Joie de vivre in French Literature and Culture.
Essays in Honour of Michael Freeman.
Harrow, Susan and Timothy Unwin (Eds)
Amsterdam/New York, NY, 2009, 319 pp.
€ 64 / US$ 90
Faux Titre 331
The apparent self-sufficiency of joie de vivre means that, despite the widespread use of the phrase since the late nineteenth century, the concept has rarely been explored critically. Joie de vivre does not readily surrender itself to examination, for it is in a sense too busy being what it is. However, as the essays in this collection reveal, joie de vivre can be as complex and variable a state as the more negative emotions or experiences that art and literature habitually evoke. This volume provides an urgently needed study of an intriguing and under-explored area of French literature and culture from the Middle Ages to the contemporary era. While the range and content of contributions embraces linguistics, literature, art, sport and politics, the starting point is, like that of the term joie de vivre itself, in French language and culture.
This volume will be of special interest to researchers across the full range of French studies, from literature and language to cultural studies. It will be of direct appeal to specialist readers, university libraries, graduate and undergraduate students, and general readers with a lively interest in French literature and culture of the medieval, early modern and broad modern periods. This book’s fresh perspectives on the theme of joie de vivre and its relation to questions of privacy, contemplation, voyeurism, feasting and nationhood will also be of relevance to researchers in comparative and cognate disciplines.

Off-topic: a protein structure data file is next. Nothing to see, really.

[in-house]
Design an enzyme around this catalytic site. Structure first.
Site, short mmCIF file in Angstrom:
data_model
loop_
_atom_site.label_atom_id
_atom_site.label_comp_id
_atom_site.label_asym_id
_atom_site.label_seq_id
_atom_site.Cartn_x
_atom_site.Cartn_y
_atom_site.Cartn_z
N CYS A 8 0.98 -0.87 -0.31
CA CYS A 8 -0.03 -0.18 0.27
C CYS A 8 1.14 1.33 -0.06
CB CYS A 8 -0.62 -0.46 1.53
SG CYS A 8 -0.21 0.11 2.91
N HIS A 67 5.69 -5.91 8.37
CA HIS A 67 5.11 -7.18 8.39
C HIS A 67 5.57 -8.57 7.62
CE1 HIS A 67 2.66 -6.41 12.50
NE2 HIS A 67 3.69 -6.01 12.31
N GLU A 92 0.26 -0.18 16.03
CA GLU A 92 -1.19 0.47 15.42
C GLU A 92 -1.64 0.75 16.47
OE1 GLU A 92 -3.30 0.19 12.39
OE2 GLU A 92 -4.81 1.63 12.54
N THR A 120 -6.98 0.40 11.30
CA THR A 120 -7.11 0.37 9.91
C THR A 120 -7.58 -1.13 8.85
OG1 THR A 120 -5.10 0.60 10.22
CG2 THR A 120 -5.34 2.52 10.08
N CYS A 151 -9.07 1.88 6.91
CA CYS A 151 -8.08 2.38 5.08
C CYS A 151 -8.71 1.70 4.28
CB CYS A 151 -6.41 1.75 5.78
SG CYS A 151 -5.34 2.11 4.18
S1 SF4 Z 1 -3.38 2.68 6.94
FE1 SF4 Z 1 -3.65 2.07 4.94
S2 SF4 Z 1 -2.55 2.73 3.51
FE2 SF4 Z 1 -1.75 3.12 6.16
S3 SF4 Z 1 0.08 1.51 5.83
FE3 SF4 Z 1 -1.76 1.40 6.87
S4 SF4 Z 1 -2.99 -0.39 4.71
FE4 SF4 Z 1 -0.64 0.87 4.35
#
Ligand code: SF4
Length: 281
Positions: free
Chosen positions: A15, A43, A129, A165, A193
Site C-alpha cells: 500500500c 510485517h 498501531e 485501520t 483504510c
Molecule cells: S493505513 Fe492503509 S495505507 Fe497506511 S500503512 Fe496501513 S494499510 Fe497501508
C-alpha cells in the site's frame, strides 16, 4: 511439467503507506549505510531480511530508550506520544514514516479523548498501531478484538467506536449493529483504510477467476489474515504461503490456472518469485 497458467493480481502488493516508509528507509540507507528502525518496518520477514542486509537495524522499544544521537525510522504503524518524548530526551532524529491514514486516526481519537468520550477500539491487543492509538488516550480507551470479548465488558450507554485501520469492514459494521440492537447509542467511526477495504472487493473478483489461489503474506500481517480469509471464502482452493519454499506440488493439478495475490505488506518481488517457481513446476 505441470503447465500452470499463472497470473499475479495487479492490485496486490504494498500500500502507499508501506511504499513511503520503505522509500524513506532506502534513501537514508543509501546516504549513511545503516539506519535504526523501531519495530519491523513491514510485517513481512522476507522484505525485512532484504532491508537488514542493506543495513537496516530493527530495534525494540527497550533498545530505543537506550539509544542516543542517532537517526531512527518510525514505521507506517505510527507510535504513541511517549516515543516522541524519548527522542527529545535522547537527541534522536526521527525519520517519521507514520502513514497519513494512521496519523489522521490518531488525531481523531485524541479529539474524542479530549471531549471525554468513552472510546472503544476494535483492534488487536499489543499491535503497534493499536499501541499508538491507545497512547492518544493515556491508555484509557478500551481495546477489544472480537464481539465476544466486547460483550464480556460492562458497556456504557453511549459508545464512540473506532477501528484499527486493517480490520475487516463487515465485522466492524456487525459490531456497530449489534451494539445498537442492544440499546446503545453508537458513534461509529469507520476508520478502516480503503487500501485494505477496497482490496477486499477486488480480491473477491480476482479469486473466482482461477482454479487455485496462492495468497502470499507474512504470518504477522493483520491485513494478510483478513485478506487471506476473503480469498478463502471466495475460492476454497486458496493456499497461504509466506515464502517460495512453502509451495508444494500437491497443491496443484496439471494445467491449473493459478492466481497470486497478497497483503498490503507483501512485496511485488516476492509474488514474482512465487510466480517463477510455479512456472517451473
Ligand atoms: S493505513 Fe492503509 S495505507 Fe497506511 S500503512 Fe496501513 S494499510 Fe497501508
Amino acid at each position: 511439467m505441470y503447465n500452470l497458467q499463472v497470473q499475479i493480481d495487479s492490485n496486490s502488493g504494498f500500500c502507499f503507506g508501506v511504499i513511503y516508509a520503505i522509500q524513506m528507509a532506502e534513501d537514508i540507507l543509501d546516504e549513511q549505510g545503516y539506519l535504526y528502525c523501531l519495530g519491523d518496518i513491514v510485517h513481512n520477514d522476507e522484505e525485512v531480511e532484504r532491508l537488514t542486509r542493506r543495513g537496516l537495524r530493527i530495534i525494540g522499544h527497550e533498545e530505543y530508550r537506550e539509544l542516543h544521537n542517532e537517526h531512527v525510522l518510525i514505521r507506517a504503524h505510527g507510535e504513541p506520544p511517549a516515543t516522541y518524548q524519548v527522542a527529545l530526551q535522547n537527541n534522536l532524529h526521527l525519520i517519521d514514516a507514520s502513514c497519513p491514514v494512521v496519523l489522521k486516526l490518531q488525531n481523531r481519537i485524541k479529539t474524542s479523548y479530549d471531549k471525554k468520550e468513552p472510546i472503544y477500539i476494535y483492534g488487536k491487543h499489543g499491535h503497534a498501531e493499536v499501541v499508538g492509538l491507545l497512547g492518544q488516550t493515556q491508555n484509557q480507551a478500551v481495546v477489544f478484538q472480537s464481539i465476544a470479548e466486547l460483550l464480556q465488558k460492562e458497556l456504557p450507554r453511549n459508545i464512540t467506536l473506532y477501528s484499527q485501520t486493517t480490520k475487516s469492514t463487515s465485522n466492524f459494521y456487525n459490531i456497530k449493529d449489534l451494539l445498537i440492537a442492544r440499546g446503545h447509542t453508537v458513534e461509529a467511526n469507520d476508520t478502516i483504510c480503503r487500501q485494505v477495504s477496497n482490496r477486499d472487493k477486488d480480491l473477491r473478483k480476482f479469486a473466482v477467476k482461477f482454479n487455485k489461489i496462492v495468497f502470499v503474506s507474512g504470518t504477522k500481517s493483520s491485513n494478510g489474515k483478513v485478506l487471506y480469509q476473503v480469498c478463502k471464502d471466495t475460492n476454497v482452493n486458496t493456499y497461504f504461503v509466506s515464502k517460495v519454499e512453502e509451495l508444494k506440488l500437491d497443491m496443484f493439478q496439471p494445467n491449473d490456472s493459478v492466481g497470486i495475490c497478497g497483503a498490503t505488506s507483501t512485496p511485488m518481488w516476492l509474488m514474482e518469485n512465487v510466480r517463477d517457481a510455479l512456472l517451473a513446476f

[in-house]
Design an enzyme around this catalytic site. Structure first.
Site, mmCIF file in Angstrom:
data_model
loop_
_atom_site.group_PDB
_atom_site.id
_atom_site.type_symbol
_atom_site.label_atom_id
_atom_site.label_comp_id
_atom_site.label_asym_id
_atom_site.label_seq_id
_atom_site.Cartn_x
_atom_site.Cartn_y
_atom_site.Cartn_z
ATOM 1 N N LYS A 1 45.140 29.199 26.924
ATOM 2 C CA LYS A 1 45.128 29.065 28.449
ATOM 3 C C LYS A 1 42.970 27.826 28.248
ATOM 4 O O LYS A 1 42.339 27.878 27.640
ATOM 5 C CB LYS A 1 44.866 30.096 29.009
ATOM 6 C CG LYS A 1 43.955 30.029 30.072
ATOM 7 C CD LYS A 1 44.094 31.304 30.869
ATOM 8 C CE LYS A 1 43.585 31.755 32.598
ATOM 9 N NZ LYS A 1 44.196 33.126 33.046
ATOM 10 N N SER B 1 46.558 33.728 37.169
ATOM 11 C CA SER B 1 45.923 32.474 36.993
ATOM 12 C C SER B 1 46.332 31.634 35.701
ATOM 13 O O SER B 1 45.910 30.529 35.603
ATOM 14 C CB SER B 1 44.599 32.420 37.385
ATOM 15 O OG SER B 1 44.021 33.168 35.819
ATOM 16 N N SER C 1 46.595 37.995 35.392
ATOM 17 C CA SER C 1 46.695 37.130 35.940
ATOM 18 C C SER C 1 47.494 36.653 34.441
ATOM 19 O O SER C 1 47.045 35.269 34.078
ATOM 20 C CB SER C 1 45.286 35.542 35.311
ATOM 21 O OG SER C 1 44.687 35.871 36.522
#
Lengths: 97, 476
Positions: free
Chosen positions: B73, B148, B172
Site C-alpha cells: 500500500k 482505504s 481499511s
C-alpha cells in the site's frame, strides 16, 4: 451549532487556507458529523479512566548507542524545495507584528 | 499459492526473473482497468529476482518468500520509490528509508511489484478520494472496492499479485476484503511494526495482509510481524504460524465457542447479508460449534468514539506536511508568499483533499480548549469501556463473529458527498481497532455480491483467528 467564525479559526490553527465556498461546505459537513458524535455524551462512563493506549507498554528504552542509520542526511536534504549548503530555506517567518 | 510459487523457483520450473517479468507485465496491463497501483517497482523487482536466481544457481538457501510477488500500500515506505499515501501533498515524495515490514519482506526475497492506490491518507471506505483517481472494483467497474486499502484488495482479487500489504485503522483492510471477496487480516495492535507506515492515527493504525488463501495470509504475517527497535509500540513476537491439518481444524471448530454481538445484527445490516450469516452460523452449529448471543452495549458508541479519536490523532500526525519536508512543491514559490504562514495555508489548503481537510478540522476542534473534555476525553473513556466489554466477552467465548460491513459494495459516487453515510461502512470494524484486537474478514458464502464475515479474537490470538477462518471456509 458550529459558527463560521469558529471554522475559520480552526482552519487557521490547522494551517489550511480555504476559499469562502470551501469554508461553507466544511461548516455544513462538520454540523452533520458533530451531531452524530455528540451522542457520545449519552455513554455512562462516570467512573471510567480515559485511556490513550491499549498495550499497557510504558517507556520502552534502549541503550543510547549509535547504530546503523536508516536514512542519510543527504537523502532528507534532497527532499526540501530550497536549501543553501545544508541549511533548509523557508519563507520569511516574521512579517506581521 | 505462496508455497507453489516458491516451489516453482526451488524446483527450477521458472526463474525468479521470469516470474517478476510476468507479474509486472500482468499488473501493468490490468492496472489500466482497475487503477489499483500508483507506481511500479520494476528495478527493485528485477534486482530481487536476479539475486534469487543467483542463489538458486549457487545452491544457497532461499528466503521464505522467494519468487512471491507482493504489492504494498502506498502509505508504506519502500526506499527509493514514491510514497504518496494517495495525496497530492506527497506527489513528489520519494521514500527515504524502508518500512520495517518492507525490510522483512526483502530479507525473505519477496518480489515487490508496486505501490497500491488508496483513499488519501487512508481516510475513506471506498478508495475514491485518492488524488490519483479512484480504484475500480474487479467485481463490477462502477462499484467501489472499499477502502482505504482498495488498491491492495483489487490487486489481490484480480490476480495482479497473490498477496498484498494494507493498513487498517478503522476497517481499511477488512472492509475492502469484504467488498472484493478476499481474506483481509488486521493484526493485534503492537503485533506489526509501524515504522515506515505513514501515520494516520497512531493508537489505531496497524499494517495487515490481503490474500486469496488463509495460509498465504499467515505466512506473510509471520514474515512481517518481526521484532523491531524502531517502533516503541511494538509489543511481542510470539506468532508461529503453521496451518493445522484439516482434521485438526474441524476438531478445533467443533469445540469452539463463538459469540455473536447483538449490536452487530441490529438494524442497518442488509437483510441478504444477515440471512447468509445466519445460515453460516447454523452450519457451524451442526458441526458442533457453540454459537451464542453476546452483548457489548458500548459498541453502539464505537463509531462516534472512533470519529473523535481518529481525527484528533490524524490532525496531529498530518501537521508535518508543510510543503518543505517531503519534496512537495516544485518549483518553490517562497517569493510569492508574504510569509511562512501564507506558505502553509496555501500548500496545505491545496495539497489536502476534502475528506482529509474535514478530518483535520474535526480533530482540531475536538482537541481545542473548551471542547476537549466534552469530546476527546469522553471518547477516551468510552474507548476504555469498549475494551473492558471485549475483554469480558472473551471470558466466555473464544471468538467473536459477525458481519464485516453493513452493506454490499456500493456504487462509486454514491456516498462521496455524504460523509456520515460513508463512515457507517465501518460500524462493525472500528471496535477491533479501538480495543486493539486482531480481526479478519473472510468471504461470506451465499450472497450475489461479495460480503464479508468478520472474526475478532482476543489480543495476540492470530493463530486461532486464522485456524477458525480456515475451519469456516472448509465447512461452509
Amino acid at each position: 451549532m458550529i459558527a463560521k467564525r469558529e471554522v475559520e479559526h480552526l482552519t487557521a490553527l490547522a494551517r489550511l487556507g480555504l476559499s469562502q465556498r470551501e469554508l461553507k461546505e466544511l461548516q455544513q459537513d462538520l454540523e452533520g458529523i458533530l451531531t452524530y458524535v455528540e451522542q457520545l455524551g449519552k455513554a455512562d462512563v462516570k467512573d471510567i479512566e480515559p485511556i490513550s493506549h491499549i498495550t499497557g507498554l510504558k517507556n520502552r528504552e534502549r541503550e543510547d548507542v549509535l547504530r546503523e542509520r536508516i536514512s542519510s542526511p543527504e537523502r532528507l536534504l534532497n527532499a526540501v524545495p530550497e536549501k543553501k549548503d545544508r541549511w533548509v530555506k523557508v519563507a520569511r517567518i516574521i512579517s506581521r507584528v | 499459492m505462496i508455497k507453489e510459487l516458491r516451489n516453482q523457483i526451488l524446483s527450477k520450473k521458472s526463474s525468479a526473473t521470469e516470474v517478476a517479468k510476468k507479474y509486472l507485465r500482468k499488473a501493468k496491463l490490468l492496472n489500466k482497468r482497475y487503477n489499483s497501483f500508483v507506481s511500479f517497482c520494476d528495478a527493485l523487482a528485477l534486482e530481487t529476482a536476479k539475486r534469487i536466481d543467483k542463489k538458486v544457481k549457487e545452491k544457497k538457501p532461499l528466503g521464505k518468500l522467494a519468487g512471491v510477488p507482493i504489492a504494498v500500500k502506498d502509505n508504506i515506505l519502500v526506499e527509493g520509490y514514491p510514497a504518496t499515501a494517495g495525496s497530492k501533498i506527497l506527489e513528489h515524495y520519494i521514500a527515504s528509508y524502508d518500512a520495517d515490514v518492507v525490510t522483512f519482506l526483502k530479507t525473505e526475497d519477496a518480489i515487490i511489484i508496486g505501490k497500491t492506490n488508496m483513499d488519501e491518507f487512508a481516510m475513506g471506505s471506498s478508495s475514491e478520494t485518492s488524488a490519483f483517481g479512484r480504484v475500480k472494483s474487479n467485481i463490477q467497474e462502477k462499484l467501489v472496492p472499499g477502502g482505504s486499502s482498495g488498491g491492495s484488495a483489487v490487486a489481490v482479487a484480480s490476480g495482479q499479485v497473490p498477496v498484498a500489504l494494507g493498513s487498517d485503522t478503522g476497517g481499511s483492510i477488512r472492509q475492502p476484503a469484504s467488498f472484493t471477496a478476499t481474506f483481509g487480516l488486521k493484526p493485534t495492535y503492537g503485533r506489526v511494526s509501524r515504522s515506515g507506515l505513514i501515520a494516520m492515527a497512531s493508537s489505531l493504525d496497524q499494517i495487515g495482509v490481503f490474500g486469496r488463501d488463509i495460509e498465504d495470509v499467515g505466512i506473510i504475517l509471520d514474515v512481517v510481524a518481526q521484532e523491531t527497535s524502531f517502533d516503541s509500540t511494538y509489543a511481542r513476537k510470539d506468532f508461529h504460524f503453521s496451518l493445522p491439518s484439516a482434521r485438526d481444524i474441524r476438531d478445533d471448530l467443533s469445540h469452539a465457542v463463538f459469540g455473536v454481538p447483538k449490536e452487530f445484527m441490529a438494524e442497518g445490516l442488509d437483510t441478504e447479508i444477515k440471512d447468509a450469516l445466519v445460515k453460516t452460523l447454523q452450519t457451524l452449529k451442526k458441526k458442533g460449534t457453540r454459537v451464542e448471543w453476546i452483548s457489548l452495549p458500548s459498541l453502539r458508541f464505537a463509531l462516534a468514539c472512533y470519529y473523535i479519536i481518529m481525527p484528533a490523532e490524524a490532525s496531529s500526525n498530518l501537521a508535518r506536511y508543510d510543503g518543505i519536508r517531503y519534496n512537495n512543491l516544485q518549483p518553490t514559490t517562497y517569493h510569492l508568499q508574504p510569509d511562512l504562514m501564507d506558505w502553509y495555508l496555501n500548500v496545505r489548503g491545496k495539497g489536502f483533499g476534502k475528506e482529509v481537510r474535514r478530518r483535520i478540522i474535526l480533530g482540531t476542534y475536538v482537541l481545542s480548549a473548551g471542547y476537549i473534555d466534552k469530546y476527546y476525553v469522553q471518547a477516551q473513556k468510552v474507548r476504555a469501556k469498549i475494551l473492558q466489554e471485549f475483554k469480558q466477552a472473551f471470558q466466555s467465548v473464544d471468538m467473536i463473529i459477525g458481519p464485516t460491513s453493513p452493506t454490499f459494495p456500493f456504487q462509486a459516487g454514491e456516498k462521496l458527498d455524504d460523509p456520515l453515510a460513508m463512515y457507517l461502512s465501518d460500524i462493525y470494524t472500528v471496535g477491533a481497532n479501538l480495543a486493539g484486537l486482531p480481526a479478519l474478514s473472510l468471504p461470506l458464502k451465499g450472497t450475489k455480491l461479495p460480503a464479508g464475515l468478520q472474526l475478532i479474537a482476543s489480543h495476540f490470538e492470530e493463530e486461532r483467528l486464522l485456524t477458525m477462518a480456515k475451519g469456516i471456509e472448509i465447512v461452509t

Notes on contributors
Michael Freeman: joie de vivre, joies du livre
I Susan Harrow and Timothy Unwin: Introduction
II Rodney Sampson: The joys of Romance
III Jane H.M. Taylor: ‘Balades & Rondeaux nouueaux fort ioyeulx’: joie de vivre in a Renaissance miscellany
IV John Parkin: Joie de vivre in Des Périers’s Nouvelles Récréations et joyeux devis
V Richard Cooper: Comic interludes in French Renaissance prose romance: Aldéno’s amours in Gerard d’Euphrate (1549)
VI Stephen Bamforth : Melons and wine: Montaigne and joie de vivre in Renaissance France
VII Richard Parish : ‘Une vie douce, heureuse et amiable’: a Christian joie de vivre in Saint François de Sales
VIII Edward Forman : ‘Le carnaval autorise cela’: cruelty and joie de vivre in the dénouements of the comédie-ballet
IX Noël Peacock: ‘I told you I was ill’: joie de vivre and joie de mourir in Le Malade imaginaire
X Haydn Mason: The state of happiness? Ancient Sparta and the French Enlightenment
XI Patrick O’Donovan: Poetry and the discourse of happiness in nineteenth-century France: the case of Vigny
XII Bradley Stephens: ‘Baisez-moi, belle Juju!’: Victor Hugo and the joy of Juliette
XIII Hélène Stafford : Mallarmé et Bachelard: la rêverie des mots
XIV Richard Hobbs : Ensor’s hyperbolic joie de vivre
XV Edward Nye: Joie de vivre and the will to win in the literature of cycling
XVI Martin Hurcombe: The joy of specs: the power of the gaze in the novels of Sébastien Japrisot
XVII Gino Raymond: Rejoicing in the Other: France, England and the case of Major Thompson
XVIII Alison Finch: Joie de vivre: the afterlife of a phrase
Michael Freeman: list of major publications
Index of names